Long-term synaptic plasticity is a longer change that may last for minutes, hours, days, or years. Long-term synaptic plasticity is critical for our brains ability to store information and for our memory. 

Research has shown that BDNF is critical for long-term enhancement of synaptic efficacy. It improves neural development and synaptic plasticity, hence it may lower the risk of neurodegenerative and psychiatric disorders, such as , Alzheimers disease, Huntington disease, and depression .

What Causes Brain Damage

Brain damage can be caused either by a traumatic brain injury or acquired brain injury . Brain injuries can cause rupture or blockage of the blood vessels. Depending on the impact of the injury, oxygen and nutrient supply get disrupted to a part or all of the brain. Nutrient and oxygen deprivation of the nerve cells for a prolonged period may lead to brain damage.

TBI refers to brain injuries caused by an external force. They usually result from head injuries. Examples include

  • Violent blow or jolt to the head
  • Objects, such as a bullet or shattered piece of skull, that penetrate the brain

ABI refers to the brain injury that is acquired during your life. This means the injury was not congenital or due to genetic causes. An acquired brain injury or ABI includes injuries due to an external force . They, however, also include injuries that do not involve an external force, such as a , or a reduced supply of oxygen to the brain.

How Injured Nerves Grow Themselves Back

Cell Press
Unlike nerves of the spinal cord, the peripheral nerves that connect our limbs and organs to the central nervous system have an astonishing ability to regenerate themselves after injury. Now, a new report offers new insight into how that healing process works.

Unlike nerves of the spinal cord, the peripheral nerves that connect our limbs and organs to the central nervous system have an astonishing ability to regenerate themselves after injury. Now, a new report in the October 1st issue of Cell, a Cell Press publication, offers new insight into how that healing process works.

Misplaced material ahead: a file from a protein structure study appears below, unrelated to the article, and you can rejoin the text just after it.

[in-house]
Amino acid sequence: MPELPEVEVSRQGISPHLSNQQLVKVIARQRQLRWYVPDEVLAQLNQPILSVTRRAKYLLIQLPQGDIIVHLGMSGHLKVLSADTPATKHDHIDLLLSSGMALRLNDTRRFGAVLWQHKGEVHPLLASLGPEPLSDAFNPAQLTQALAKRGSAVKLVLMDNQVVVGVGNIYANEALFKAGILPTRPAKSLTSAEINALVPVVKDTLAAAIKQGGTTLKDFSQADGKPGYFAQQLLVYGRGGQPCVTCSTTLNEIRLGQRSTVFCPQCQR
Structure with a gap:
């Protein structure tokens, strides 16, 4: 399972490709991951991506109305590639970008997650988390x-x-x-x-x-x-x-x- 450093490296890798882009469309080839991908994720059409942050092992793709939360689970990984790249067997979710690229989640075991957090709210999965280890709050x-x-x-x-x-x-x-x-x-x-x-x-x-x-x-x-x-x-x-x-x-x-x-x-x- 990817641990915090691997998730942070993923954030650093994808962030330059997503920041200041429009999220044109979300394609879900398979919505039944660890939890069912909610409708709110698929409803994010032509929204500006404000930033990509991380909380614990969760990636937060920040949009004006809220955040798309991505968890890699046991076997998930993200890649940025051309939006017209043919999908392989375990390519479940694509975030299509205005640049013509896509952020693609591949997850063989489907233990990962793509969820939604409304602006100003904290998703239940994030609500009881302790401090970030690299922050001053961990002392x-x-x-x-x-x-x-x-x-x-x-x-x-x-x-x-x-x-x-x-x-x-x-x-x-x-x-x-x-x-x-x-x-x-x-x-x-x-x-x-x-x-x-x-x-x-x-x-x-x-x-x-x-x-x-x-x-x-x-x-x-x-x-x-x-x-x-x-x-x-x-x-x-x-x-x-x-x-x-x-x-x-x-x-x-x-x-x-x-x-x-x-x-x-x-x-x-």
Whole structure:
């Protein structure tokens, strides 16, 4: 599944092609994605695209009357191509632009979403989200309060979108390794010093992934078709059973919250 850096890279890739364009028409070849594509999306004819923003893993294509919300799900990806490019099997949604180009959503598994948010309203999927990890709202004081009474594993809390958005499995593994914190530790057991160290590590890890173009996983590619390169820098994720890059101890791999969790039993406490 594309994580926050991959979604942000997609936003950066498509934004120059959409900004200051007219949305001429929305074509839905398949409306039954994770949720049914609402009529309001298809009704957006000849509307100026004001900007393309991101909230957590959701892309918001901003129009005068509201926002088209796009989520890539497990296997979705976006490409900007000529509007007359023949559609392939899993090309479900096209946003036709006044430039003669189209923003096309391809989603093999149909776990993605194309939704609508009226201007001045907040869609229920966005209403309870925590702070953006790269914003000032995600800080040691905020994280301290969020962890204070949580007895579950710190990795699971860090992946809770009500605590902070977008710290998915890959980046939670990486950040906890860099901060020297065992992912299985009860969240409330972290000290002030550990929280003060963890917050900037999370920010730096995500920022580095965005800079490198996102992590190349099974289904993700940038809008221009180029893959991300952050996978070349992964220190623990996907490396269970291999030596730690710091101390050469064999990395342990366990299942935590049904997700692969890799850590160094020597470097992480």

“We know a lot about how various cell types differentiate during development, but after a serious injury like an amputation, nerves must re-grow,” said Allison Lloyd of University College London. “They need a new mechanism to do that because the developmental signals aren’t there.”

That kind of regrowth isn’t easy to pull off. Peripheral nerves are long cells; their nucleus is in the spinal cord and the axons that extend from them and relay nerve messages can reach all the way down a leg. “When a nerve gets cut, all the axons downstream degenerate,” Lloyd said. Regrowth requires that the two ends somehow find their way back to each other through damaged tissue.

“Schwann cells could sit on a nerve for years and then, at any point, switch states,” Lloyd said. “They are quite unusual cells.”

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Stroke Recovery: Can The Brain Heal Itself

Speak to a Care Advisor Now.Get Your Questions Answered

The good news is that in many instances, a brain can heal itself after a stroke. The brain is a fighter.

A stroke is triggered when a blood vessel in the brain gets blocked or bursts. A common analogy is that its like a heart attack in the brain. Blood vessels are critical as they carry nutrients and oxygen to the brain. When a stroke causes a blood vessel to block or rupture, the neurons in the brain are deprived of blood. Without blood, these cells starve and die. This damage triggers different physical and mental changes in stroke victims.

Fortunately, damaged brain cells are not beyond repair. They can regenerate this process of creating new cells is called neurogenesis. The most rapid recovery usually occurs during the first three to four months after a stroke. However, recovery can continue well into the first and second year. A strong post-stroke care plan can make a world of difference.

Repairing Damage From Substance Abuse

One of the most common schools of thought regarding drug users and ex-addicts was that the damage they have done to their brains is irreversible. 

Now, research is showing that recovering addicts and others are having success fixing damage done to their brains with neurogenesis. Some report success with correcting emotional problems, others report cognitive deficits disappearing. 

Brain Cell Regeneration: Take The Next Step

Until recently, it was believed that growing new brain cells was impossible once you reached adulthood.

But its now known that the brain constantly regenerates its supply of brain cells.

And there is much that you can do to stimulate the process.

While literally everyone can benefit from growing more brain cells, it is of particular importance if you have certain psychiatric or neurological conditions.

Every day, give both your brain and body a good workout, get adequate sleep, and eat foods that promote growth factors like BDNF and NGF.